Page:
Submitted to the December issue of the organizational newsletter “Connections.”
By Linda Bergh, court-watcher at the trial of Dr. Dhafir

Quoted in the movie “Good Night & Good Luck”, about Edward R. Murrow and his confrontation of Sen. Joseph MCarthy in the 1950’s: from Shakespeare’s “Julius Caesar”, — “The fault, dear Brutus, is not in our stars, But in ourselves. . .” — Act I, sc. 2, l. 138


Remembering how Rosa Parks refused to move to the back of the bus,
denying cooperation with the “whites only” segregation rule in
Birmingham, Alabama in the 1950’s, our pastor asked us during
worship, “And what will you do if someone gets ‘picked on’ while you’re riding the bus?”

Dr. Rafil Dhafir, a 57-year-old Iraqi-born U.S. citizen and Rome, NY
oncologist, who founded a Muslim charity called “Help the Needy” to send food, clothing, and medical aid to adults and children in Iraq during the crushing U.S./UN-sponsored sanctions — this man, highly esteemed by friends and colleagues –this man has been “picked on”.

Dr. Dhafir was “picked on” by the government’s “selective prosecution” in his case. This began with the high-handed manner in which he was arrested, (80 plus agents during that day and 150 Muslim families interrogated), and the repeated denial of bail for a white-collar crime during his 19 months of imprisonment before trial. (This allowed only abbreviated access to his lawyers and defense documents.)

During the trial, the government’s case that charity funds didn’t go where promised was met with receipts for food and clothing presented by the defense. That some money went for the building of mosques and self-help projects was shown to be specially funded.

Charges with regard to Medicare were shown to be caused by confusion in billing practices, were exaggerated by the government as to the amount, and could have been resolved by the request of a refund.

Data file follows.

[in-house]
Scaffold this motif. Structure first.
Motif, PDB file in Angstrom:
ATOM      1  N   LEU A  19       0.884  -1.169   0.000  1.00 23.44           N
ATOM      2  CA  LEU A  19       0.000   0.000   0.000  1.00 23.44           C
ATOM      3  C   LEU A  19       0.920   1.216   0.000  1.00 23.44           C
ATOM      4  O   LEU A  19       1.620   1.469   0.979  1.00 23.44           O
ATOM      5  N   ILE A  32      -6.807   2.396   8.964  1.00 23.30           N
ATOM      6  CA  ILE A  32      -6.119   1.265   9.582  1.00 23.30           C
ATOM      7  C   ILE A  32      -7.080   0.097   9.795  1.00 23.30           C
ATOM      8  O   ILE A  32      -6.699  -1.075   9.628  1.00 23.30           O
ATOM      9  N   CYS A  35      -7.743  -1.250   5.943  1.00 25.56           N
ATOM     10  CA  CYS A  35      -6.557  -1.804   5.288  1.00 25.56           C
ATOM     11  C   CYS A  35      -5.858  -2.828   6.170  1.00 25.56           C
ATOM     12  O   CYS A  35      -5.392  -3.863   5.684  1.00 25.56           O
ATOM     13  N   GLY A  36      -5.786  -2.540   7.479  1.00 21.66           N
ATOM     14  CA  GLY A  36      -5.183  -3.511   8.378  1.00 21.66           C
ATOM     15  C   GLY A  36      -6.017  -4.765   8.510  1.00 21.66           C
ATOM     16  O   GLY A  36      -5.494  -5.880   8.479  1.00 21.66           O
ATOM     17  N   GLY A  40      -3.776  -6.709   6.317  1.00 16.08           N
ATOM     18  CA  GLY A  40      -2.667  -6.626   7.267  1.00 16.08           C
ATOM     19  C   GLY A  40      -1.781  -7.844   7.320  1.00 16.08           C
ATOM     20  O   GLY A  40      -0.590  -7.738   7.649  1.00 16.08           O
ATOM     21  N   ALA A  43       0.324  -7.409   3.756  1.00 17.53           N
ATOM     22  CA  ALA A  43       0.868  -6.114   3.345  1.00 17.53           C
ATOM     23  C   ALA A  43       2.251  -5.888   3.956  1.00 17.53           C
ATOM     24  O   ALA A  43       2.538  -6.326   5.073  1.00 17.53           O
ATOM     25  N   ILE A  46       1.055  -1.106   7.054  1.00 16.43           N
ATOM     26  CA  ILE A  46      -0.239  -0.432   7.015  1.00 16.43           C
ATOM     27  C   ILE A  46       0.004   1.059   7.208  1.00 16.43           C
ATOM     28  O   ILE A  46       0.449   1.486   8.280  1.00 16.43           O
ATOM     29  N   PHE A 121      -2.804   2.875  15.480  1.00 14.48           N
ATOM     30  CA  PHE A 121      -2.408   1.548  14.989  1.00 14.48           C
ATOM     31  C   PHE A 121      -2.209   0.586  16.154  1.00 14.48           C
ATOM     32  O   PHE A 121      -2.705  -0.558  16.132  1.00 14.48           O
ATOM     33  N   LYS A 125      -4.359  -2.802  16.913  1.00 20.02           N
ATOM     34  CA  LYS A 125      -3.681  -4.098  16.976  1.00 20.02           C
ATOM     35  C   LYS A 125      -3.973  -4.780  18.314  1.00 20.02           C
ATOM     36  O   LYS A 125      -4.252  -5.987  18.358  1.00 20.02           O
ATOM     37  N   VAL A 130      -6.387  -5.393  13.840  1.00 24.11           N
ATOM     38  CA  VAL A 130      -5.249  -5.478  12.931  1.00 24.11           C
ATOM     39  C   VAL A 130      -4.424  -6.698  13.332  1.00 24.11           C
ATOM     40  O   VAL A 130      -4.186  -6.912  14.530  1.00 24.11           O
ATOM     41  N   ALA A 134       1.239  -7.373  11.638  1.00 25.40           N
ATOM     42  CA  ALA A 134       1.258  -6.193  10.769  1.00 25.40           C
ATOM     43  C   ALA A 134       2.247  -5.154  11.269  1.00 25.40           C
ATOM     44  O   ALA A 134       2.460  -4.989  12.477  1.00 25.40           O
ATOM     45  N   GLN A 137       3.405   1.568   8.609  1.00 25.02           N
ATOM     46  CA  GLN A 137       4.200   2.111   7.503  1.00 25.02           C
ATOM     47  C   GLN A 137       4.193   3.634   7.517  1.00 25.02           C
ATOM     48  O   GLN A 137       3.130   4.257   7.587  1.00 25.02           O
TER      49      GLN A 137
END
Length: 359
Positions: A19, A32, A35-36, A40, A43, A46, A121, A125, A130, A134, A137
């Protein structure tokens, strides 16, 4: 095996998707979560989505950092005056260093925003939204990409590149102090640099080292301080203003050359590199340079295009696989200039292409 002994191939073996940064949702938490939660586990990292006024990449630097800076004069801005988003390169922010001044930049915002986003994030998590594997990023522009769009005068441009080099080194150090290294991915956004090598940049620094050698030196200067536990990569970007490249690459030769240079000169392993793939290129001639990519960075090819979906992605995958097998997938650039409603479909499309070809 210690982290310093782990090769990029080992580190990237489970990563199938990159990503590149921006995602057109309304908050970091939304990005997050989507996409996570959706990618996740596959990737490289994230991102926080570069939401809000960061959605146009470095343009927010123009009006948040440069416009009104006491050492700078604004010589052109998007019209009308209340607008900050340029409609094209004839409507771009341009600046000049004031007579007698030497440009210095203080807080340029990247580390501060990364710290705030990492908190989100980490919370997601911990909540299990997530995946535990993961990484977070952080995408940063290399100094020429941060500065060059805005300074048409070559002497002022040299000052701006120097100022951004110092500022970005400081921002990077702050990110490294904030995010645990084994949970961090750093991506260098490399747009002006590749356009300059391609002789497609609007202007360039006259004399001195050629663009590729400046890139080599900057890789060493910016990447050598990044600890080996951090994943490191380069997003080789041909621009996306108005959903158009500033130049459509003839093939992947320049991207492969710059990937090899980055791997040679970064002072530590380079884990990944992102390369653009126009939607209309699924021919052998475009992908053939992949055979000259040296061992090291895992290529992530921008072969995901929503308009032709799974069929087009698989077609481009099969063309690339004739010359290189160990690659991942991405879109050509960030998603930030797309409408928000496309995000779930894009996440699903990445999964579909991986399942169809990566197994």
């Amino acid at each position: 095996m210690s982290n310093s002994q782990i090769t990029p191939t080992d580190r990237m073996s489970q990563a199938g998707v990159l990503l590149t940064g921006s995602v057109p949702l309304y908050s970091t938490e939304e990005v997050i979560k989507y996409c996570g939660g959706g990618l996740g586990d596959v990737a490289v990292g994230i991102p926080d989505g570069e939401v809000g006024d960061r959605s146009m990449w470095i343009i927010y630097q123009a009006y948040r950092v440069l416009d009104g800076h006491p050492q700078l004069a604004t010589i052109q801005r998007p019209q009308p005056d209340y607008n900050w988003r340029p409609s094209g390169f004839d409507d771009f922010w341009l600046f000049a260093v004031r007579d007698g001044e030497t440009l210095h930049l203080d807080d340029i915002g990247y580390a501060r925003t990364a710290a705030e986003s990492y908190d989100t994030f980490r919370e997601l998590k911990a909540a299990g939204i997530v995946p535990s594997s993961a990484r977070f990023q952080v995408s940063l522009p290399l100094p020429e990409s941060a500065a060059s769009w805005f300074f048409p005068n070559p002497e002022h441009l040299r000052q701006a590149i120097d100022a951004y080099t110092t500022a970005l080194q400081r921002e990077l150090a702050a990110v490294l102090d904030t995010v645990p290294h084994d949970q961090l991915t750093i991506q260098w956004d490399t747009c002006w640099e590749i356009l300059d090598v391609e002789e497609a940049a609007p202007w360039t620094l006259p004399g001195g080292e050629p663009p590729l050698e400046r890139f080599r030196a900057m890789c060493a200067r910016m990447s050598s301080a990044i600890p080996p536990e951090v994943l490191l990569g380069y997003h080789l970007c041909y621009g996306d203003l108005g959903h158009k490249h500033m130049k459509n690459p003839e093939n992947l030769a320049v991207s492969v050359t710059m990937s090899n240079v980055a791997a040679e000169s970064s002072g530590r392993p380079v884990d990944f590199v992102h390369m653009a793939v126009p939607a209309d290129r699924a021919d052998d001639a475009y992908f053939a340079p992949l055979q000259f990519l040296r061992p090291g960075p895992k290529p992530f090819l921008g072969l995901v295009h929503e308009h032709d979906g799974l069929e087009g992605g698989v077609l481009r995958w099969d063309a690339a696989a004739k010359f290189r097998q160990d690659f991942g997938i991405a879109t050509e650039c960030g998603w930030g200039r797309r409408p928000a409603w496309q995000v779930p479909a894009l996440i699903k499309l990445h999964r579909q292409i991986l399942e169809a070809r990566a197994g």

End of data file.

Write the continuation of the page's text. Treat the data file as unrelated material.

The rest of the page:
If the charity had not fulfilled all the legal procedures required, it would have been possible for NY State to shut it down until it had completed all the necessary forms and information. Testimony was given of applications made and held up. This was not grounds for imprisonment.

Other sources of confusion regarding handling of funds were presented, without giving convincing reasons for the government’s implication of selfish or criminal intent. And, of course, the breaking of the sanctions on Iraq to get food and clothing to those in need was not unique to Dr. Dhafir. Others (i.e. Voices in the Wilderness) had done the same–and were simply fined! Could one deny trying to help in the face of such need? And some U.S.businesses were breaking the sanctions and being fined, as well.

Lastly, the element of “terrorism connections”, with which Dr. Dhafir was never charged in court, and which the government prosecutors did not allow to be mentioned, was allowed to figure in the sentencing. This lengthened his sentence by an additional 8 to 9 years. There was never an opportunity for the defense to deal with this in court, other than by comment at the time of sentencing.

The manner of arrest, imprisonment without bail, and harsh sentencing where others have had fines or less, leads to the conclusion that this was “selective prosecution” by the government–that this happened because Dr. Dhafir is a Muslim U.S. citizen of Iraqi birth. A sense of Christian justice would indicate that we should not allow our government to “bear false witness”, and we should not allow harsher treatment for an Iraqi-born, Muslim U.S. citizen than for other U.S. citizens or even non-citizens who happen to be non-Muslim, non-Arab, charged with the same wrongdoings.

Pray about this matter, about our government and a sense of justice, and write to your congressperson, senators, governor, and attorney-general. Let them know that Christians stand for justice. Write to Dr. Rafil Dhafir, Jamesville Correctional Facility, P.O. Box 143, Jamesville, NY 13078, and let him know that his concern for the poor is appreciated.

In Christian love & partnership,
Linda Bergh, court-watcher at the trial of Dr. Dhafir.